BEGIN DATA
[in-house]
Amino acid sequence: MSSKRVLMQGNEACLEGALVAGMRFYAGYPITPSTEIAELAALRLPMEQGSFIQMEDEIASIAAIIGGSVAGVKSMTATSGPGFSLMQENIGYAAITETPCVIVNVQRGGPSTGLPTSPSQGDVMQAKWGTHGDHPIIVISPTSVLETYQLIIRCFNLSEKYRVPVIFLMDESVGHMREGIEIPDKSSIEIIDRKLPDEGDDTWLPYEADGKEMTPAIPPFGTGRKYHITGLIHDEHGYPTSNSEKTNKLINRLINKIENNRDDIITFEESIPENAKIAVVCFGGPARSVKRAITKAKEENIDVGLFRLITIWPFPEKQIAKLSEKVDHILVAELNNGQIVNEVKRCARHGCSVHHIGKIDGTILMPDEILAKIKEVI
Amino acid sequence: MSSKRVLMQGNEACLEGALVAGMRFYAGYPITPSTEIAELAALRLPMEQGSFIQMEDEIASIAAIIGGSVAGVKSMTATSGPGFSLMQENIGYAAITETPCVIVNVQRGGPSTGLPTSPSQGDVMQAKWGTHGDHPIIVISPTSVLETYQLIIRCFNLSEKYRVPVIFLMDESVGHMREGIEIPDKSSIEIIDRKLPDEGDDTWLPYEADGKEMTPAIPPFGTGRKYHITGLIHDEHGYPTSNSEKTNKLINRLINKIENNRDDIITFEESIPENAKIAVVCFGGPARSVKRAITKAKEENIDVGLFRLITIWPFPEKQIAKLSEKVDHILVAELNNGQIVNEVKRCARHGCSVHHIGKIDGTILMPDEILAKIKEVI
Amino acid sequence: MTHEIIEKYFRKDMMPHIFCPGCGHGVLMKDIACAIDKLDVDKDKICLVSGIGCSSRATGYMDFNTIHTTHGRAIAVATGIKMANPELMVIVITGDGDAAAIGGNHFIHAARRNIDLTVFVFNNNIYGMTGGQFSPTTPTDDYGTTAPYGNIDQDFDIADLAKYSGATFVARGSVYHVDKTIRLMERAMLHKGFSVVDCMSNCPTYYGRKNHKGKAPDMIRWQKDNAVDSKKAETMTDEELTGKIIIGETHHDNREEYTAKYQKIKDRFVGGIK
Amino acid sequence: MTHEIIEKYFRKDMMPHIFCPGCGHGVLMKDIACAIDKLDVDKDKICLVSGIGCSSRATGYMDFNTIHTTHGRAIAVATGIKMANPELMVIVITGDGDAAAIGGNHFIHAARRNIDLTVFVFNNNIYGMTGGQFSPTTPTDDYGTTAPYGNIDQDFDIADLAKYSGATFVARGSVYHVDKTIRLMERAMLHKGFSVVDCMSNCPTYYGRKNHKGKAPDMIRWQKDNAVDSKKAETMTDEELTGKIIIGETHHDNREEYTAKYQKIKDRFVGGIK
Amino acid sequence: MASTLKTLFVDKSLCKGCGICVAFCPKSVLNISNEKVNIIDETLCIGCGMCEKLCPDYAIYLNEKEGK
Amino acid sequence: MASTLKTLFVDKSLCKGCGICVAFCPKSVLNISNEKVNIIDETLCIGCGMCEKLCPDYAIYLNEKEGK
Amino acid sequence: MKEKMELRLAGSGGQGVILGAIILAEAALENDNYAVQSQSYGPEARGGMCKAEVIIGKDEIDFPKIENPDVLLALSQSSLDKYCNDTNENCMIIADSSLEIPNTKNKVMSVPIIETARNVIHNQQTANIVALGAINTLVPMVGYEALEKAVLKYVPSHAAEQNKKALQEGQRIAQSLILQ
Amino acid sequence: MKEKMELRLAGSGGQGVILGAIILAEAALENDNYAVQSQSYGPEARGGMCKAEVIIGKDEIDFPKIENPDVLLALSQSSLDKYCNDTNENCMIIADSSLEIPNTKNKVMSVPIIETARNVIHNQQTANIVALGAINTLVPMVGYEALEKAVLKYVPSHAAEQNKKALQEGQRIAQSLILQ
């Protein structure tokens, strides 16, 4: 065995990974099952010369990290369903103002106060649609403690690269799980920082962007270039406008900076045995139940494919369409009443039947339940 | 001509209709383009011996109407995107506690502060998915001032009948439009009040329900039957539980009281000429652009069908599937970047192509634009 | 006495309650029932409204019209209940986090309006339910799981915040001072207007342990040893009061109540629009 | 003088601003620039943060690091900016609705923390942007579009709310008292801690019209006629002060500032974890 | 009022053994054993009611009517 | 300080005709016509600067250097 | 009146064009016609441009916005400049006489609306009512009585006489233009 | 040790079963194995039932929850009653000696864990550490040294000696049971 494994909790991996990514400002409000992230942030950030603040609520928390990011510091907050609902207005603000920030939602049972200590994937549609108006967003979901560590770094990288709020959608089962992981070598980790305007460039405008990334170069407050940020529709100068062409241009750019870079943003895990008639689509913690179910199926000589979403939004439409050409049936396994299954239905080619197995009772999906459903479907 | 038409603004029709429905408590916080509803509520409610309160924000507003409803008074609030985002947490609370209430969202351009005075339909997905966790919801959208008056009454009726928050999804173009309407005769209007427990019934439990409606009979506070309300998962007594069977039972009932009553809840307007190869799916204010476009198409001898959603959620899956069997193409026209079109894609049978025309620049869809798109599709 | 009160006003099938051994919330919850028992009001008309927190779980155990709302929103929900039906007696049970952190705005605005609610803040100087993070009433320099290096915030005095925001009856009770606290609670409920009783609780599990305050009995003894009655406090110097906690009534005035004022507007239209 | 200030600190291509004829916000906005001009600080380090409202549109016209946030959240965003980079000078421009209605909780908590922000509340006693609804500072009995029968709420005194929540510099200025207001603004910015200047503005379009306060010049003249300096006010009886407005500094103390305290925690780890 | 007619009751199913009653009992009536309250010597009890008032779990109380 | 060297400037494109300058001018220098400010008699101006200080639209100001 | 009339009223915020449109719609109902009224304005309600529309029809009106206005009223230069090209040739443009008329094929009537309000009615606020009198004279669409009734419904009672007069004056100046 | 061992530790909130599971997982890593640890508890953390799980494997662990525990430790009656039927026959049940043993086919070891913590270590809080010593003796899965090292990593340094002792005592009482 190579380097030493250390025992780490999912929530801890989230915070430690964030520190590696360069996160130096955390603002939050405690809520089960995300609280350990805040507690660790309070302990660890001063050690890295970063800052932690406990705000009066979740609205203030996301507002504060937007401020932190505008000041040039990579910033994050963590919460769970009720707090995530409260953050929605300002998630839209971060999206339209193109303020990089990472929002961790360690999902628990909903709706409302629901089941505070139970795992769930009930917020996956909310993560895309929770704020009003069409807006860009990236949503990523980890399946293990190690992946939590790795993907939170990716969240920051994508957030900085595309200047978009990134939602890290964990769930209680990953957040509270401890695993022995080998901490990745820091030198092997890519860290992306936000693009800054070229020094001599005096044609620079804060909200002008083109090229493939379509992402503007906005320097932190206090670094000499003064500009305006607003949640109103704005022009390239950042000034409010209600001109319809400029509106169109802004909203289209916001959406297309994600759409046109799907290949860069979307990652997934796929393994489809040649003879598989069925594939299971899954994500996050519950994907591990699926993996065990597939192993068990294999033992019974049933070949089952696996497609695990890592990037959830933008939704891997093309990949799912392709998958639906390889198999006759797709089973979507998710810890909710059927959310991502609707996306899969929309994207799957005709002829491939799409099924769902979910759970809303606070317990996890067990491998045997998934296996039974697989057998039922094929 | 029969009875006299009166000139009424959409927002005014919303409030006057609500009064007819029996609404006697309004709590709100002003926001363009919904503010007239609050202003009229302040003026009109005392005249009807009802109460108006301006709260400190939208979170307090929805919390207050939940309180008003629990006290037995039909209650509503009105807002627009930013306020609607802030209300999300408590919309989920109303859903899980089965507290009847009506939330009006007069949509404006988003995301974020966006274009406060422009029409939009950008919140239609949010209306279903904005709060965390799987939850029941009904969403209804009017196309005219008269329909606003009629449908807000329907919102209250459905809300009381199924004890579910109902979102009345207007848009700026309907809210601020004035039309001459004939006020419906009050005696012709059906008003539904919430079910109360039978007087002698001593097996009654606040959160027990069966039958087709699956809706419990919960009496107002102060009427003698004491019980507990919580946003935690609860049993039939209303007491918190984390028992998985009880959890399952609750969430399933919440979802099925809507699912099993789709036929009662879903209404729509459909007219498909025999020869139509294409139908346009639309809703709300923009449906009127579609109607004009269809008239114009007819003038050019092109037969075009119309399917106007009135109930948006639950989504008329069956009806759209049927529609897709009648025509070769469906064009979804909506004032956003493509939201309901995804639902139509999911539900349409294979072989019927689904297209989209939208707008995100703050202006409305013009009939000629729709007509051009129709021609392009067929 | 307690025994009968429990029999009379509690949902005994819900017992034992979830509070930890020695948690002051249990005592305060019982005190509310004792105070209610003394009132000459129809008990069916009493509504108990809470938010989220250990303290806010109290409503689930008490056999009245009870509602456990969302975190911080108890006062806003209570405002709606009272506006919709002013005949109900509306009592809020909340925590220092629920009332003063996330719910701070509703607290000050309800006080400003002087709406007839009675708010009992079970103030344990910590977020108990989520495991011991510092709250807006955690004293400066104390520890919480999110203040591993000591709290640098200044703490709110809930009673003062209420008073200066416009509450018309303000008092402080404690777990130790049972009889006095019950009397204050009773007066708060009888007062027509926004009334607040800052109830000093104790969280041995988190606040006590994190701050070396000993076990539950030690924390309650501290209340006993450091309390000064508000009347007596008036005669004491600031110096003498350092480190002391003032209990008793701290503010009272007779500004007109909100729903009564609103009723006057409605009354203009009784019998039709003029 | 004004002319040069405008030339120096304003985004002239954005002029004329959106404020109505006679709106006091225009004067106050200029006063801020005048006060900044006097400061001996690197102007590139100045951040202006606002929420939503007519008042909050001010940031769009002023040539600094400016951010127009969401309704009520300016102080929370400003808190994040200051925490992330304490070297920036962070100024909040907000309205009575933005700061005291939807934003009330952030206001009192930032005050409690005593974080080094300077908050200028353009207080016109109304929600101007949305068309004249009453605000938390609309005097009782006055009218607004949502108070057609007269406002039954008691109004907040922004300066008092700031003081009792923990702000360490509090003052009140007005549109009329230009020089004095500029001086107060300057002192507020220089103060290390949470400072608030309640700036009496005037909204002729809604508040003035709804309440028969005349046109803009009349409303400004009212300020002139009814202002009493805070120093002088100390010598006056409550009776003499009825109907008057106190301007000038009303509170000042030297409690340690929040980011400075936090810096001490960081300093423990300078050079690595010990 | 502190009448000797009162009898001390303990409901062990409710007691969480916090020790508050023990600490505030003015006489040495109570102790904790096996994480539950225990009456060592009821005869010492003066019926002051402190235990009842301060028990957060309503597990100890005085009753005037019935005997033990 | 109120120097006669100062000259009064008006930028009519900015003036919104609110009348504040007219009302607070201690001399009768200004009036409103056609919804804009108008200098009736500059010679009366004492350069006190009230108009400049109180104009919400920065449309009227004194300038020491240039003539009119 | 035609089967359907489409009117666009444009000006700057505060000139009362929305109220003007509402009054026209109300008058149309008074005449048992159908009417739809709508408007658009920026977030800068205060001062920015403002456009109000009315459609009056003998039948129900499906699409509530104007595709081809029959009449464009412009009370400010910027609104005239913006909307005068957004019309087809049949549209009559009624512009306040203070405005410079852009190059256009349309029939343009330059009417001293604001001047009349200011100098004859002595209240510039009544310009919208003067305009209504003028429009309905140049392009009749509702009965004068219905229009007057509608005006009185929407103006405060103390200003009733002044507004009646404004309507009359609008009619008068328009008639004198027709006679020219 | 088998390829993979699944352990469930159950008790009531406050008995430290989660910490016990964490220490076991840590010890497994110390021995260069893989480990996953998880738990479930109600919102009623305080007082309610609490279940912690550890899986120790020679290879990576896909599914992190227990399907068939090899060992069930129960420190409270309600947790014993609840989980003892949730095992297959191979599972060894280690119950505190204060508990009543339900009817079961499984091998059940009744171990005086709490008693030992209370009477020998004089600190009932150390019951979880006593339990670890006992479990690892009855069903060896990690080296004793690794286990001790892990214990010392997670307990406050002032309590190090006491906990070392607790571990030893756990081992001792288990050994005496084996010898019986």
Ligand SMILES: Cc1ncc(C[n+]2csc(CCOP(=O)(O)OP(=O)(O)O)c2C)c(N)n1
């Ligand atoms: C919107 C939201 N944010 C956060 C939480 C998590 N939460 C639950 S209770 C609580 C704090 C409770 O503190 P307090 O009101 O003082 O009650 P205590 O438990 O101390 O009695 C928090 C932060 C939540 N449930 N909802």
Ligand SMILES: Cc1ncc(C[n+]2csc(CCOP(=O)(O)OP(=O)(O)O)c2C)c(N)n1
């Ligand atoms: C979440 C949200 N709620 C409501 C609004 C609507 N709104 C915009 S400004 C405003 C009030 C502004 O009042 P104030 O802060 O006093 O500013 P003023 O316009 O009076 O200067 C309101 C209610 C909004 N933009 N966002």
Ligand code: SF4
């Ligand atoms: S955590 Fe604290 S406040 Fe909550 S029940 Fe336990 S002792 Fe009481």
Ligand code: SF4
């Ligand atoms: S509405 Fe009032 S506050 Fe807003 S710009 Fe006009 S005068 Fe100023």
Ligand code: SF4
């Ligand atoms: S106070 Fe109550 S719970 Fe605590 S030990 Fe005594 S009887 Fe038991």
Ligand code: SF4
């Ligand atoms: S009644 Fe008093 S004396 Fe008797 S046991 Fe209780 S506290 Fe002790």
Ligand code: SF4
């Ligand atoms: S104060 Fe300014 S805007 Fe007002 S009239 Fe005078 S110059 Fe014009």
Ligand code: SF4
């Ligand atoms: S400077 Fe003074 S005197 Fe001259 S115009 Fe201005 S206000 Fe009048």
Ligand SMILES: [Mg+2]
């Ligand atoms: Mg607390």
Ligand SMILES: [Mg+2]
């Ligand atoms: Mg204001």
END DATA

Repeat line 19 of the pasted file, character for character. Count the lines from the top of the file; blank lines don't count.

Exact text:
Ligand code: SF4